A big cat owner has been given until Sept. 10 to remove the animals or face jail time.
The nearly five-year dispute between Nye County and Karl Mitchell, owner and operator of Big Cat Encounters Ranch, reached a new landmark Tuesday during a hearing before Fifth District Court Judge Kim Wanker to determine whether Mitchell can legally keep his 10 tigers on the property belonging to longtime Pahrump resident Ray “The Flagman” Mielzynski.
Wanker ruled in favor of the county and ordered Mitchell to remove the animals, per county ordinance.
If the tigers are not removed by the time both men return to court in September, they face contempt of court charges, punishable by up to 25 days in jail and a fine.
Mitchell did not mince words when talking about the decision.
“I’m not disappointed, I expected it,” said Mitchell, who added the judge just followed what the county wanted her to do. “She’s afraid of controversy. She claims to read everything, but if she read everything, she wouldn’t have made the decision that she made.”
Mitchell, who is black, also said he knows why he’s being targeted by county officials regarding his tigers.
“Racial hatred and animus is behind all of this,” he said. “I’ve been trying to be a good man, but I’m continually picked at and probed. People need to understand that there are four other facilities in town that are not required to have conditional use permits. There’s one facility one mile from here and they have cats but they are not required to have a conditional use permit.”
Mitchell noted that the acreage his tigers call home, at present, will not see development anytime soon.
“These lots that surround our 20-acre parcel are unbuildable, and will never see any development until a developer puts a half million dollars’ worth of infrastructure to bring water out,” he said. “Nobody’s going to buy a $3,000 lot and spend a half million dollars to get water to it. The fact that it’s unbuildable means that it should be taken out of the planning district and nothing’s going to happen here. There’s been no action here since the 1970’s.”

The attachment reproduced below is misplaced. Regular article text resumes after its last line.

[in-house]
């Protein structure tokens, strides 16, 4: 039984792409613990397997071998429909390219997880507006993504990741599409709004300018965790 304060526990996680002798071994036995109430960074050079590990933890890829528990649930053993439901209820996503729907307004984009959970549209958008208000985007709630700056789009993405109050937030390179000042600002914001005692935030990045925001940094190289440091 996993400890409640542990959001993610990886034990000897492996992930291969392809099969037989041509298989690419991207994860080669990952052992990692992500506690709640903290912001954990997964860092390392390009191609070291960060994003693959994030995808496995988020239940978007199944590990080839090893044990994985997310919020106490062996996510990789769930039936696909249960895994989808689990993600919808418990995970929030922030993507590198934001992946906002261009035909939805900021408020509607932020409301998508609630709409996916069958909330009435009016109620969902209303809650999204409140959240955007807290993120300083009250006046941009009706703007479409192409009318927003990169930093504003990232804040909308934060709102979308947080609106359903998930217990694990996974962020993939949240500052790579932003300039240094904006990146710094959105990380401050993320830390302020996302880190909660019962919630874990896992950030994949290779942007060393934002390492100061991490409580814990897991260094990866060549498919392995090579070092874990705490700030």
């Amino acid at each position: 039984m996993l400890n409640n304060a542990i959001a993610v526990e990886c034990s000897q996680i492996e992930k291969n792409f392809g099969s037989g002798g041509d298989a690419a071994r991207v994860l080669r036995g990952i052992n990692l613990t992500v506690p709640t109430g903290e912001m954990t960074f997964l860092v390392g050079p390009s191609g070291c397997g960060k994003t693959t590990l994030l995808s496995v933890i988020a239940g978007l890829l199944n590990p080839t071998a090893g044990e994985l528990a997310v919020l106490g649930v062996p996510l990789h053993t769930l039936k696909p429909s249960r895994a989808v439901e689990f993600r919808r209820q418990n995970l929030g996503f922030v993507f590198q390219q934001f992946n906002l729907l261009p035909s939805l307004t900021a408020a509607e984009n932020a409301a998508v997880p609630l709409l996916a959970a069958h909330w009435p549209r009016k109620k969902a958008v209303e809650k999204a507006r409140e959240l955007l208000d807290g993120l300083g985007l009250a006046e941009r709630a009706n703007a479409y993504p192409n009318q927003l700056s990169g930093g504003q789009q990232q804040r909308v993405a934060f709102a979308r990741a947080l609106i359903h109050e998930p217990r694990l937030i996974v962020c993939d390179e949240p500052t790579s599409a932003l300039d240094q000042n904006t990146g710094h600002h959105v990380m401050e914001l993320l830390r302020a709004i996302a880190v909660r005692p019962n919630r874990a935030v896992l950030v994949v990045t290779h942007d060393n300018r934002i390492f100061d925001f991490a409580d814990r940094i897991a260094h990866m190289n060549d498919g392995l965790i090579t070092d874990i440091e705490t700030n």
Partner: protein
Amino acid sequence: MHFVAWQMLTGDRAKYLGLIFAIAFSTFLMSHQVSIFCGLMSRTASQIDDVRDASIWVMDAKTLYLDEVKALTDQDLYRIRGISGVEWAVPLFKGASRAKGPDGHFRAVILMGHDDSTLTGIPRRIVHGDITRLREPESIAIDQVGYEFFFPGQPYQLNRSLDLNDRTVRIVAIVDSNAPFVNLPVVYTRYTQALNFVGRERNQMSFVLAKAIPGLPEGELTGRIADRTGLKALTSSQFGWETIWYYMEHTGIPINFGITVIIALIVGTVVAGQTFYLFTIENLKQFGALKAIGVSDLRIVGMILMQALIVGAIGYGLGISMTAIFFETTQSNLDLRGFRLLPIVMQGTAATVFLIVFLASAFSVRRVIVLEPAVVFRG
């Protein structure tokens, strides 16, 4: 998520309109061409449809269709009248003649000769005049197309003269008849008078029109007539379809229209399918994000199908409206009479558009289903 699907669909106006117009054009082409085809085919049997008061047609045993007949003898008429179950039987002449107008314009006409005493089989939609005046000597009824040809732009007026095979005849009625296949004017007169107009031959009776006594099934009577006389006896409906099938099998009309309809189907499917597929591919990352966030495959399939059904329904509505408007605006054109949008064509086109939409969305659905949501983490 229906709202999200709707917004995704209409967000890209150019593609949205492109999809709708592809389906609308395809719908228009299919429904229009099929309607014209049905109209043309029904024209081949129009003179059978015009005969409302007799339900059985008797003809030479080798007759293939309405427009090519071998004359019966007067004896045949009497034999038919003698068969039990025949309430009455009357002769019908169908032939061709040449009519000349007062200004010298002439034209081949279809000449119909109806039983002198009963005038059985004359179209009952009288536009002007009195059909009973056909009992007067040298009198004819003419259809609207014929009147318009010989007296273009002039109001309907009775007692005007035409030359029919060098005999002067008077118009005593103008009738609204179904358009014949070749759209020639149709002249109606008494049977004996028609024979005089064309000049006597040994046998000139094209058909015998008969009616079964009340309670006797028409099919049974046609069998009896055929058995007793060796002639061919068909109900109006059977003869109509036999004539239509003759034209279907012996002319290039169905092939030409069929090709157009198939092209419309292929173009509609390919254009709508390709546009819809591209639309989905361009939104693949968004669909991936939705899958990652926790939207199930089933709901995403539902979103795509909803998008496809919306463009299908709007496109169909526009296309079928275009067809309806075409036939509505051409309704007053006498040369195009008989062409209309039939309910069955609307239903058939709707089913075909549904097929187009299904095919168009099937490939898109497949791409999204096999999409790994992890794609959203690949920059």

There appears to be at least two opportunities for Mitchell’s tigers to remain on the property before they’re scheduled to return to court.
Mielzynski said the county commissioners could ease some of the zoning restrictions for the land.
“All the commissioners have to do is say just take that out of the Regional Planning Commission,” he said. “There are a lot of parts of Pahrump that are not under them. Amargosa and Tonopah is not under the Regional Planning Commission and this property happens to be right on the edge of it.”
Mielzynski also he believes the judge was in error when she issued the ruling.
He supported his statement by suggesting that local laws and ordinances should not supersede federal laws.
“They are saying that local ordinances somehow trump federal law and it was actually brought out that maybe this should be discussed in federal court,” he said.
Mitchell noted that he’ll sit down and talk with county officials to somehow reach an agreement that would result in a favorable compromise for both parties.